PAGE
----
Burma

Myanmar’s Military Junta Launches Corruption Probe of Suu Kyi and President

By The Irrawaddy 11 March 2021

Myanmar’s military regime has launched corruption probes targeting the country’s ousted leaders, Daw Aung San Suu Kyi, President U Win Myint, and a series of chief ministers from National League for Democracy (NLD) government.

During a press conference Thursday, the regime’s spokesman, Brigadier General Zaw Min Tun, repeated allegations that Daw Aung San Suu Kyi accepted $600,000 and more than 21 pounds of gold from detained Yangon region chief U Phyo Min Thein during the period between December 2017 and March 2018.

“As it was found that Daw Aung San Suu Kyi personally accepted them, the government’s Anti-Corruption Commission is now probing it,” he said, without elaboration.

He also added that President U Win Myint and first lady Daw Cho Cho are being investigated for allegedly taking bribes from unidentified business people.

State Counselor Daw Aung San Suu Kyi and President U Win Myint have already been charged by the junta since their arrests following a coup on Feb. 1.

The pair has been held in custody since early February.

Early last month, the junta filed four charges against Daw Aung San Suu Kyi ranging from incitement to using a walkie-talkie without a license to breaching COVID-19 restrictions. The charges carry a total of nine years’ imprisonment upon conviction.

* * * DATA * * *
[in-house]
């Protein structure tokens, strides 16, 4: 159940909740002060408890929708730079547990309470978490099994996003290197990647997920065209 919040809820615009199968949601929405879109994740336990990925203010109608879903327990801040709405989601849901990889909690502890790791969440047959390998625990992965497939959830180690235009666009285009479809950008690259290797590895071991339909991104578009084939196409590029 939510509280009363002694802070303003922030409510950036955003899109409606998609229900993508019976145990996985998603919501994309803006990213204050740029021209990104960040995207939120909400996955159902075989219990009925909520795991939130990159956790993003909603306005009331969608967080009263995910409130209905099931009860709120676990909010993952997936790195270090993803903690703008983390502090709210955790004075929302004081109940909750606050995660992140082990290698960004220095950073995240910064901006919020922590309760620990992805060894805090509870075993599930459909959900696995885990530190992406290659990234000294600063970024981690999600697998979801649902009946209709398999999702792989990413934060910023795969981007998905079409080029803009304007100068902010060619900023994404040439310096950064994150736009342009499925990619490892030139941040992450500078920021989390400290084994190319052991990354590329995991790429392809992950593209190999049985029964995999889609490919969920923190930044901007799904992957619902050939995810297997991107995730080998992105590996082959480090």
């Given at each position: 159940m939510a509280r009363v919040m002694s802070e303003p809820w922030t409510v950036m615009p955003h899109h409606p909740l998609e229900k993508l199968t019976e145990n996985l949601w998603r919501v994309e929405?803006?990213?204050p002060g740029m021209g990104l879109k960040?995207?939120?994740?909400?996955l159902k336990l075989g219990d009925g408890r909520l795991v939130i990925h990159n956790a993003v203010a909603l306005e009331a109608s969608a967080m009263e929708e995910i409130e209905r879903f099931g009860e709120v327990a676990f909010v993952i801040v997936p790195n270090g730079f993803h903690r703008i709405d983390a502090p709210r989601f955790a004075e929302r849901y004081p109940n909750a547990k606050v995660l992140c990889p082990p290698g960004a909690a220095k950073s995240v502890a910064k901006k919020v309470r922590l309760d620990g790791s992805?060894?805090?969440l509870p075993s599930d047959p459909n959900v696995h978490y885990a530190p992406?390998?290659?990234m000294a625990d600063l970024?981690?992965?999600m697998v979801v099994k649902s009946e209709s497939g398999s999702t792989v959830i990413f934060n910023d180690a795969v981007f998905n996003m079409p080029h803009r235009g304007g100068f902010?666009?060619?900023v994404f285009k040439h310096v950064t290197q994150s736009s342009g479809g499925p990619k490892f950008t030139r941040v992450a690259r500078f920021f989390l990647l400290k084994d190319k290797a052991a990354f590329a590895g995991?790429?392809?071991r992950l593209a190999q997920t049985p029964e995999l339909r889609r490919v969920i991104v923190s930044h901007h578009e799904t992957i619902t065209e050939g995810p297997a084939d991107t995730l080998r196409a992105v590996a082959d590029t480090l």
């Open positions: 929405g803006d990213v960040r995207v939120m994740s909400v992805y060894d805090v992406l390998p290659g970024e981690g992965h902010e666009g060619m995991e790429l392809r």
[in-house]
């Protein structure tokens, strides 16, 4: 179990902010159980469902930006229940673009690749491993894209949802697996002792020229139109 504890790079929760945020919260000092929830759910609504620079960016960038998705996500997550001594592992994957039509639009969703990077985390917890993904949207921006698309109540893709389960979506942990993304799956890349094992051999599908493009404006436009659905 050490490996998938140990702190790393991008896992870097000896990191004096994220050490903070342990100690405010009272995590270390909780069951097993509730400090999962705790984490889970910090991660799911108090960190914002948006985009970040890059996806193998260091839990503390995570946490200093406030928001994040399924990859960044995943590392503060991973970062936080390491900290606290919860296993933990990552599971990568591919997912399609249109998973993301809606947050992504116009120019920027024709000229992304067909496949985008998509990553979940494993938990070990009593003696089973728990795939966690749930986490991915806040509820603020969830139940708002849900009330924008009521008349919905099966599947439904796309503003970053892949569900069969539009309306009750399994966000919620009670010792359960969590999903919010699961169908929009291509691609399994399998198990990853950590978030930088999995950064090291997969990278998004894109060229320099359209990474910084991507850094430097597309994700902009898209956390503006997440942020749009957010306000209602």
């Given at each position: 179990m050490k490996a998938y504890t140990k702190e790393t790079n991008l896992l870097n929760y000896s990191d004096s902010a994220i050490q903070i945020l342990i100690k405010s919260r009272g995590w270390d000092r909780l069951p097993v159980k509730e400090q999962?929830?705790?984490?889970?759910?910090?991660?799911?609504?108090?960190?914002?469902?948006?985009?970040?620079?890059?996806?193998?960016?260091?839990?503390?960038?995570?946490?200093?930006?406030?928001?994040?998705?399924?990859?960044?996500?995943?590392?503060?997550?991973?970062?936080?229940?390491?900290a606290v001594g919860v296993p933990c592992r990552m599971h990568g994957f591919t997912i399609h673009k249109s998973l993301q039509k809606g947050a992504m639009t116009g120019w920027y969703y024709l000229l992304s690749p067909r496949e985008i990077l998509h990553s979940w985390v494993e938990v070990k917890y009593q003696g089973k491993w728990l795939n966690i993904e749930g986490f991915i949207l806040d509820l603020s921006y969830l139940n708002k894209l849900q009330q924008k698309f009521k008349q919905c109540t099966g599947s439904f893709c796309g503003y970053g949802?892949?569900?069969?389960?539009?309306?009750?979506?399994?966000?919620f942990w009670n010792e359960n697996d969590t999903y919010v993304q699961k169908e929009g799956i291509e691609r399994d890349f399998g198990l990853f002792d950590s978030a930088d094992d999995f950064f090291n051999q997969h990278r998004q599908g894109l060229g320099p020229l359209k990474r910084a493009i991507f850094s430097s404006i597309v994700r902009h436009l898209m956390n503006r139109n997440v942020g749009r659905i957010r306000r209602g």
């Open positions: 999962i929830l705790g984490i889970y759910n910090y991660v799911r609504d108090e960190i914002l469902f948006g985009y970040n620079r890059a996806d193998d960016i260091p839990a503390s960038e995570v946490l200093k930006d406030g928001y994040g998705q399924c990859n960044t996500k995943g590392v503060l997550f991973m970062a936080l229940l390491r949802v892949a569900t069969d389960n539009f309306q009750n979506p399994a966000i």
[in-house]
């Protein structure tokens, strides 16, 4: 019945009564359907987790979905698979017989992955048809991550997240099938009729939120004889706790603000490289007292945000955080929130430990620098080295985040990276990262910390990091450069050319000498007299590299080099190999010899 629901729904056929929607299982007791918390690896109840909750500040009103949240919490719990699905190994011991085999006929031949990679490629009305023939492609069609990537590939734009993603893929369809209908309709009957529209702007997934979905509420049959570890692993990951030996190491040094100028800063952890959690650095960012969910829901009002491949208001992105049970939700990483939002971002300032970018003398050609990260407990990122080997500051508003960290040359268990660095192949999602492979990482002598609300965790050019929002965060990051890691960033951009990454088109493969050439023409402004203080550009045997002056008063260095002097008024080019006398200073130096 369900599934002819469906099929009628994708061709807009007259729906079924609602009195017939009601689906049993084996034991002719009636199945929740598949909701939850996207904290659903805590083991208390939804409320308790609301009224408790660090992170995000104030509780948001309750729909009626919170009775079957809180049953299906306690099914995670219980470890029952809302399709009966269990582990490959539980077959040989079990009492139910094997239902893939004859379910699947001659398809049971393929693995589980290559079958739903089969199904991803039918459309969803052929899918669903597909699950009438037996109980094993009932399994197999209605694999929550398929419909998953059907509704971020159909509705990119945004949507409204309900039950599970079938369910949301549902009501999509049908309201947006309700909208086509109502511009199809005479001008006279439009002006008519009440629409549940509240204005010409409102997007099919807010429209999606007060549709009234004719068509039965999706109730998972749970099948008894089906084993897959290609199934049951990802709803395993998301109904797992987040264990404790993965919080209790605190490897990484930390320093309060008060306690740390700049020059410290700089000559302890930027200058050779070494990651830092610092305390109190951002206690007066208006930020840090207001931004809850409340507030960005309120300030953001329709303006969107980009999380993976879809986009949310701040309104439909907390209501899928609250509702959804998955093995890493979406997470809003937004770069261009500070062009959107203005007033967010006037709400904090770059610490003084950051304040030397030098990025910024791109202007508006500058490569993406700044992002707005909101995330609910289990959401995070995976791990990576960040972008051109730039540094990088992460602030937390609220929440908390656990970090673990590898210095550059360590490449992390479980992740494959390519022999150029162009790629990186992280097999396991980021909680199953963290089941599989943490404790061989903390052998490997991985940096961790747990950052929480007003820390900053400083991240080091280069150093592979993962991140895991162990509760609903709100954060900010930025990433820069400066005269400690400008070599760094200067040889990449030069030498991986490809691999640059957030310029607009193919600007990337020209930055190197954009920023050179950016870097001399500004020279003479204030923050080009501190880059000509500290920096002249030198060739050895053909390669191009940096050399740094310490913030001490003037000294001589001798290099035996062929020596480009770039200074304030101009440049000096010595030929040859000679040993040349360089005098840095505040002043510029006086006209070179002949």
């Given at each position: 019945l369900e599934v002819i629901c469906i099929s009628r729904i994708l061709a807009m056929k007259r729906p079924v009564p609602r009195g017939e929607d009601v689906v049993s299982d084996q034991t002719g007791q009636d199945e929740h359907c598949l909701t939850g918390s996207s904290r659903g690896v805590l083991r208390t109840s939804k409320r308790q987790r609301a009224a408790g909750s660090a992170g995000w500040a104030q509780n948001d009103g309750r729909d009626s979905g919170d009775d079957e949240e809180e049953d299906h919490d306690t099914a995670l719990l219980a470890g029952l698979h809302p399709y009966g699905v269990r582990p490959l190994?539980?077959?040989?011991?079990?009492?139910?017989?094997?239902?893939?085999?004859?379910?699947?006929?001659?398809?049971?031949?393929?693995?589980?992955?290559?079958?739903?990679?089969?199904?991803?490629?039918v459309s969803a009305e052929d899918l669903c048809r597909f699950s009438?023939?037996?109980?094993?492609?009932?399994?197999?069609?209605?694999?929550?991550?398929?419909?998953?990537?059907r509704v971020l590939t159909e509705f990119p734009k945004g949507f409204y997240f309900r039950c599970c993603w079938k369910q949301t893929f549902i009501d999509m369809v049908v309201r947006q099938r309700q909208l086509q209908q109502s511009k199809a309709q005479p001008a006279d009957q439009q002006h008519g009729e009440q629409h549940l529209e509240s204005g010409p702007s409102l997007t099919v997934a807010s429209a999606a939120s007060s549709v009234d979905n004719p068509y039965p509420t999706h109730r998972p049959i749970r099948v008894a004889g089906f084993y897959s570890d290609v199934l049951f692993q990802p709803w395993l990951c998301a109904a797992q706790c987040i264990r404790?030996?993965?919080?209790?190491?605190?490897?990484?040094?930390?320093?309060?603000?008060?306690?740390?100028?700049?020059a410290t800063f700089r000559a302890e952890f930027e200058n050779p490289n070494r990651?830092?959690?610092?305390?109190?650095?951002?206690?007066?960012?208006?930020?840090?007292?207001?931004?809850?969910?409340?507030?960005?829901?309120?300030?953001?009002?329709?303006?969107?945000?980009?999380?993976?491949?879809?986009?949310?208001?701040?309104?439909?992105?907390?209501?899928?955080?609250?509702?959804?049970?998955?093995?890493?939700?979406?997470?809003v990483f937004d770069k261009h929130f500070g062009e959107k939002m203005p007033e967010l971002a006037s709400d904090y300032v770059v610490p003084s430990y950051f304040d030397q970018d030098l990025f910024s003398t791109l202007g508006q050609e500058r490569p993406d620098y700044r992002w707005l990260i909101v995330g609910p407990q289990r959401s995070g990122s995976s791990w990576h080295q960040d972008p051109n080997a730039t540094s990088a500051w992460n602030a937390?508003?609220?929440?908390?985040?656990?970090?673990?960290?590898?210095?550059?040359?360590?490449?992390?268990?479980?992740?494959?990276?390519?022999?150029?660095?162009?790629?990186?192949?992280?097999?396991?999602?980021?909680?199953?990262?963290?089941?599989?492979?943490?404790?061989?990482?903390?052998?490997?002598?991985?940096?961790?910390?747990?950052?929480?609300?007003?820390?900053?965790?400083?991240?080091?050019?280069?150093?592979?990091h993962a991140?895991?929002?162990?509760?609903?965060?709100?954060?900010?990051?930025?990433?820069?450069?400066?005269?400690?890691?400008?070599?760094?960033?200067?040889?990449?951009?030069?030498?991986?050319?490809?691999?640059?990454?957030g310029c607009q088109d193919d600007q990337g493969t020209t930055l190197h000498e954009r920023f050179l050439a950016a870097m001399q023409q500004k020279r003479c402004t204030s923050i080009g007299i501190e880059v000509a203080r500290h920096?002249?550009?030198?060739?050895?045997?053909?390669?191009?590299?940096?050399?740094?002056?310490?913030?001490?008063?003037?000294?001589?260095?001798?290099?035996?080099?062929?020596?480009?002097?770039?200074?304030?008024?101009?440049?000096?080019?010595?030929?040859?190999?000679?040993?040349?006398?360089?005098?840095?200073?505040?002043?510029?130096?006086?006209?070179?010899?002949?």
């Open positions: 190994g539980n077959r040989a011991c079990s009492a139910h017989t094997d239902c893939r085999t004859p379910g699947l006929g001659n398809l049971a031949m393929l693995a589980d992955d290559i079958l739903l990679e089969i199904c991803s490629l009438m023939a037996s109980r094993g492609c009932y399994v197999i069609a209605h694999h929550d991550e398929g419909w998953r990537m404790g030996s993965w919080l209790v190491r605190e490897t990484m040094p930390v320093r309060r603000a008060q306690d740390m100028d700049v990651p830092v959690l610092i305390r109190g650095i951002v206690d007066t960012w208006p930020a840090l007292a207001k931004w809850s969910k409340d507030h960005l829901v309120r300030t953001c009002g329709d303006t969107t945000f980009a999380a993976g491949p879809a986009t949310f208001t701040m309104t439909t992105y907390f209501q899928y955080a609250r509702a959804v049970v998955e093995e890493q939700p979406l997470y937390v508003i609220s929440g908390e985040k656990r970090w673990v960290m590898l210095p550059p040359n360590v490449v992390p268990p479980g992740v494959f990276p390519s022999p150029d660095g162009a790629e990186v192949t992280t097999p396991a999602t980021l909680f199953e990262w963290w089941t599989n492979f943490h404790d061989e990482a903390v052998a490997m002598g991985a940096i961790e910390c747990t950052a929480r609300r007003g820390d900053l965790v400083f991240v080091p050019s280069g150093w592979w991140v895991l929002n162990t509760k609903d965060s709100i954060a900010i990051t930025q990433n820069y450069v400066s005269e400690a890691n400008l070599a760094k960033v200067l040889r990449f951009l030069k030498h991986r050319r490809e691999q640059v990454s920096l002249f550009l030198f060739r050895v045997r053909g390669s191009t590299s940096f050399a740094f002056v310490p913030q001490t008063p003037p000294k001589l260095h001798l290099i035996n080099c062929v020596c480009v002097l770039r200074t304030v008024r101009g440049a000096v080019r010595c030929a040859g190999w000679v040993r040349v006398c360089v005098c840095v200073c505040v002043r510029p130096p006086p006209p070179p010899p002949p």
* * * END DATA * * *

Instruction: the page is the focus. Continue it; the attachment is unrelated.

The president was also charged under the Natural Disaster Management Law last month for allegedly breaching COVID-19 restrictions during the election campaign and violating Article 505(b) for incitement early in February.

If found guilty of the alleged corruption, each would face an additional maximum prison sentence of 15 years.

On Thursday, the regime spokesperson also said three detained chief ministers of the NLD government –Dr. Zaw Myint Maung of Mandalay Region, Dr. Myint Naing of Sagaing Region, Dr. Aye Zan of Mon State– are being investigated for corruption. Prior to these latest probes, all of them had been charged with incitement under the article 505 (b) of the penal code.

Following the coup, mass protests against the regime have erupted across the country. People demand the release of their leaders as well as others detained by the junta while denouncing the military’s rule in the country.

The regime has responded to the protests heavy-handedly, killing more than 70 people.

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